Sorry, wrong number

Did you ever play the telephone game when you were a kid? You whisper a silly statement in your friend's ear, the friend whispers to the next person and so on. Then the last one in line announces the message and everyone laughs because it has become hilariously distorted. Well, it appears that's how information about the alleged closing of the Detroit People Mover recently traveled, with Detroit News columnist Pete Waldmeir ending up the last kid in line.

In his Oct. 16 column, Waldmeir wrote that the "People Mover management announced that the one-way loop around downtown will close for about 18 months beginning next April because of renovations at the RenCen."

Unfortunately for Pete, DPM management, the city and General Motors, which is renovating its RenCen world headquarters, all deny that the transit system is closing.

Waldmeir, who did not return News Hits' phone calls, apparently got his information from a story in the News last week by Darren A. Nichols, who wrote that a plan "is on the table to close the 2.9-mile People Mover track for 15-18 months — or longer." But even if Waldmeir had properly cited Nichols' story, he still would have been wrong.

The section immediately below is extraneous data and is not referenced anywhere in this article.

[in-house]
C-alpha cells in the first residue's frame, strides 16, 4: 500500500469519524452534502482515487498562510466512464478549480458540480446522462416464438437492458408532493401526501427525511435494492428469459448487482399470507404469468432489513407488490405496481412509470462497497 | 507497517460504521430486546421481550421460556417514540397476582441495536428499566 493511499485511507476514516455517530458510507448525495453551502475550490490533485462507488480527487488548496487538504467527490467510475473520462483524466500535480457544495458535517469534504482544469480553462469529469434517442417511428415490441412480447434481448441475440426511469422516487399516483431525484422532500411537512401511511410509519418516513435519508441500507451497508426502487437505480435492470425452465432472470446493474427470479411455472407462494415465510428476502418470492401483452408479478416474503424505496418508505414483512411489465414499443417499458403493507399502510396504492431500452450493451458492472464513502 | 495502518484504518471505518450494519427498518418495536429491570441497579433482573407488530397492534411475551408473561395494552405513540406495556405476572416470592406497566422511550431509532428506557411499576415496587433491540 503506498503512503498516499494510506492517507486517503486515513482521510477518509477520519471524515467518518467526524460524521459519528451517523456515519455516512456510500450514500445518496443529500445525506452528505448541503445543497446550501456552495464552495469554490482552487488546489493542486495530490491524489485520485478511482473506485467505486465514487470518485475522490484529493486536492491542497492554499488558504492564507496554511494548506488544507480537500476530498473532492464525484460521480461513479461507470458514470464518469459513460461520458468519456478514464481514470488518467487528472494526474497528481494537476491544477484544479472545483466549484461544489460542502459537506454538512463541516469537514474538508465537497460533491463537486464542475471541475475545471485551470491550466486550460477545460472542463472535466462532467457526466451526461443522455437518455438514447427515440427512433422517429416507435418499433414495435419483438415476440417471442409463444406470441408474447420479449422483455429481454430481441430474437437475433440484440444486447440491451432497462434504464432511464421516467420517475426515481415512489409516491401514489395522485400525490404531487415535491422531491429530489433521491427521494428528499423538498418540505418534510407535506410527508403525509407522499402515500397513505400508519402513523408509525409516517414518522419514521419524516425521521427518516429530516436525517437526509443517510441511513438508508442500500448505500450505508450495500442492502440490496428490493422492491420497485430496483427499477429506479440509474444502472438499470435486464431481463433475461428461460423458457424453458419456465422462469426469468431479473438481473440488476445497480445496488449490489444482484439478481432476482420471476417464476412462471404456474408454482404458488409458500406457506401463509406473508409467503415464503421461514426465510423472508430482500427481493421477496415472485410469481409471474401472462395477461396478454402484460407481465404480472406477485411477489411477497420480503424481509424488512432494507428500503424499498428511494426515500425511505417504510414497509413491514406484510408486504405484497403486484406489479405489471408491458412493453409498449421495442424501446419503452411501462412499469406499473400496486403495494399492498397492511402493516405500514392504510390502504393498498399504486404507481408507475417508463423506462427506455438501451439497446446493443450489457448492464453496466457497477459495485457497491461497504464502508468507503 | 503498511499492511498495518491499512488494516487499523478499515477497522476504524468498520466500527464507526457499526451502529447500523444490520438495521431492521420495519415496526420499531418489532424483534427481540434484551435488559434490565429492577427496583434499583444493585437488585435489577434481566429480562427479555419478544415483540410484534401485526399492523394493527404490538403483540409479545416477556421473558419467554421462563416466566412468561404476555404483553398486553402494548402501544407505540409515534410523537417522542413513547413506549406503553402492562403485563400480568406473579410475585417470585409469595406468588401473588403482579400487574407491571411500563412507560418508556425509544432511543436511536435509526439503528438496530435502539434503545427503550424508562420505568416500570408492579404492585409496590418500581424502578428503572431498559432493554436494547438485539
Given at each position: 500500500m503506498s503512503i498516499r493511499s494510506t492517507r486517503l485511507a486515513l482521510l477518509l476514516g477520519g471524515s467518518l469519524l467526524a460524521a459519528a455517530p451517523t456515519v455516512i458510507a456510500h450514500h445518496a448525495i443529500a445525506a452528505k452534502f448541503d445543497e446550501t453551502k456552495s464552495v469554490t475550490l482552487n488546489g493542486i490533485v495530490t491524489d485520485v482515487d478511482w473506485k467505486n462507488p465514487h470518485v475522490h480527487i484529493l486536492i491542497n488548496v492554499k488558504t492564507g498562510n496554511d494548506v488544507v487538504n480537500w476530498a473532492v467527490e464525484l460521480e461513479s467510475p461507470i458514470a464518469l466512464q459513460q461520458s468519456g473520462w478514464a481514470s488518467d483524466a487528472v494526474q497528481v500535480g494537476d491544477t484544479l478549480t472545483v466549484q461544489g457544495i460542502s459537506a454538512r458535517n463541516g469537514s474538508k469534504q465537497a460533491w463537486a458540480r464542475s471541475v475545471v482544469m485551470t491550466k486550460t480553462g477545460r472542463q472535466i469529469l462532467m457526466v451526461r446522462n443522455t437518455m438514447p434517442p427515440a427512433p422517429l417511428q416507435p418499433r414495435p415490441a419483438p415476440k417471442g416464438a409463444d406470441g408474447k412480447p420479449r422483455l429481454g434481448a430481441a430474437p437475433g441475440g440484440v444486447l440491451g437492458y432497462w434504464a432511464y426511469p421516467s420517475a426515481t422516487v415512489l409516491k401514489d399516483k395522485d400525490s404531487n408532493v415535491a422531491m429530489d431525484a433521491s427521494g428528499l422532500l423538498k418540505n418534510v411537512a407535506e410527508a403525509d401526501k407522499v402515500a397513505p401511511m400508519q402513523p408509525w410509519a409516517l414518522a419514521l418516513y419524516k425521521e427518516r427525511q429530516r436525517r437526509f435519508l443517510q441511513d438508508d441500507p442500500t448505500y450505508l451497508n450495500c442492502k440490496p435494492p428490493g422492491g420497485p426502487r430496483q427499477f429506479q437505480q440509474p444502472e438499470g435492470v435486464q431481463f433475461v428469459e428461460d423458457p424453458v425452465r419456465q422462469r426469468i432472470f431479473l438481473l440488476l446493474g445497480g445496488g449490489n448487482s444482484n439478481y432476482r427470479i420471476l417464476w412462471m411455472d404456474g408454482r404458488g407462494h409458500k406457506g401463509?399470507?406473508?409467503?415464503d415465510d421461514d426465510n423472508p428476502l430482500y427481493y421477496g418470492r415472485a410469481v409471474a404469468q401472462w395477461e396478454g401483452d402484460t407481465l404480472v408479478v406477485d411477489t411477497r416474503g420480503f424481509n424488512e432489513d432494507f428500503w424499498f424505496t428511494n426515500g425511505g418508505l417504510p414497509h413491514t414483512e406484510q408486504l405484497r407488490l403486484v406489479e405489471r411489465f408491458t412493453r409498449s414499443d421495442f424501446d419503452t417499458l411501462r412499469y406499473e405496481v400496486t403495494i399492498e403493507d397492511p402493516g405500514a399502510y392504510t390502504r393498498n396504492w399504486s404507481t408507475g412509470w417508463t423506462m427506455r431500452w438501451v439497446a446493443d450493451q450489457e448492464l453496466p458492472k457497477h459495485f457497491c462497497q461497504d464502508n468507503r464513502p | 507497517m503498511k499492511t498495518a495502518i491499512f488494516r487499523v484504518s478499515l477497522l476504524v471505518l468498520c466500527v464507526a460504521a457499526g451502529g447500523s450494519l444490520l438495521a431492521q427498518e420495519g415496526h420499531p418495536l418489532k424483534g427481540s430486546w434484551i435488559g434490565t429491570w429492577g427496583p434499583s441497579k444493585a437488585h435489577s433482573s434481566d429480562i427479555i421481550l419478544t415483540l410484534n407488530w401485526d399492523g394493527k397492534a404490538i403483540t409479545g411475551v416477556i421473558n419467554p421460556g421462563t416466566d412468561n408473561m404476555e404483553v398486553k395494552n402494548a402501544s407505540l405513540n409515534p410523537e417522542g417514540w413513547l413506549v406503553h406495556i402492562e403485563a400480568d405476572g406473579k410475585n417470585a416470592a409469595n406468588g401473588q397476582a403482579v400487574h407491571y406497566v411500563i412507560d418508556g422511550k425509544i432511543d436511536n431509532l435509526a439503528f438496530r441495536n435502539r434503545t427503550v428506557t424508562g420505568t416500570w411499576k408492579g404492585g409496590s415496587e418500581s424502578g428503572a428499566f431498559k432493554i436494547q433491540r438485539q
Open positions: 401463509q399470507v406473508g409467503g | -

DPM marketing manager Maxine Davis, whom Nichols quoted in his story, told News Hits that RenCen construction proposals are indeed on the table, but none include the closing of the DPM for 18 months. Davis also said that if GM construction does affect the transit system, only the Renaissance Center station would close — not the entire 2.9-mile loop.

Nichols offered a "no comment" when asked about the discrepancies.

Greg Bowens, spokesperson for Mayor Dennis Archer, said that the mayor is not only not considering a plan to close the DPM, he's searching for a way to prevent the Renaissance Center station from closing at all during GM construction.

Terri Philips, GM's manager of communications for the Renaissance Center, also says there's never been a plan to close the entire track.

So how did the Detroit News get the story wrong? According to Nichols' story, City Council President Gil Hill said he was told at a Detroit Transportation Corp. meeting that the DPM may close. When News Hits contacted Hill's office, aide Calvin Hughes Jr. said that, along with information obtained at the meeting, his boss received a letter about the issue from Steve Georgiou, president of the Greektown Merchants Association.

According to Georgiou's letter, the DPM "will be shut down for as long as a year." The group feared that the closing would cut into Greektown business, according to the letter. The letter does not state where the information originated, and Georgiou was not available for comment.

Wherever the info came from, the Greektown casino owners will be glad to hear that it is wrong, says spokesperson Roger Martin. The Greektown casino is the only one of the three with a DPM transit station and is counting on it to deliver patrons to its doors.

"That's good news," said Martin when News Hits rang him up. Let's just hope that Martin delivers the correct message to his bosses.

Ann Mullen is a Metro Times staff writer. E-mail [email protected]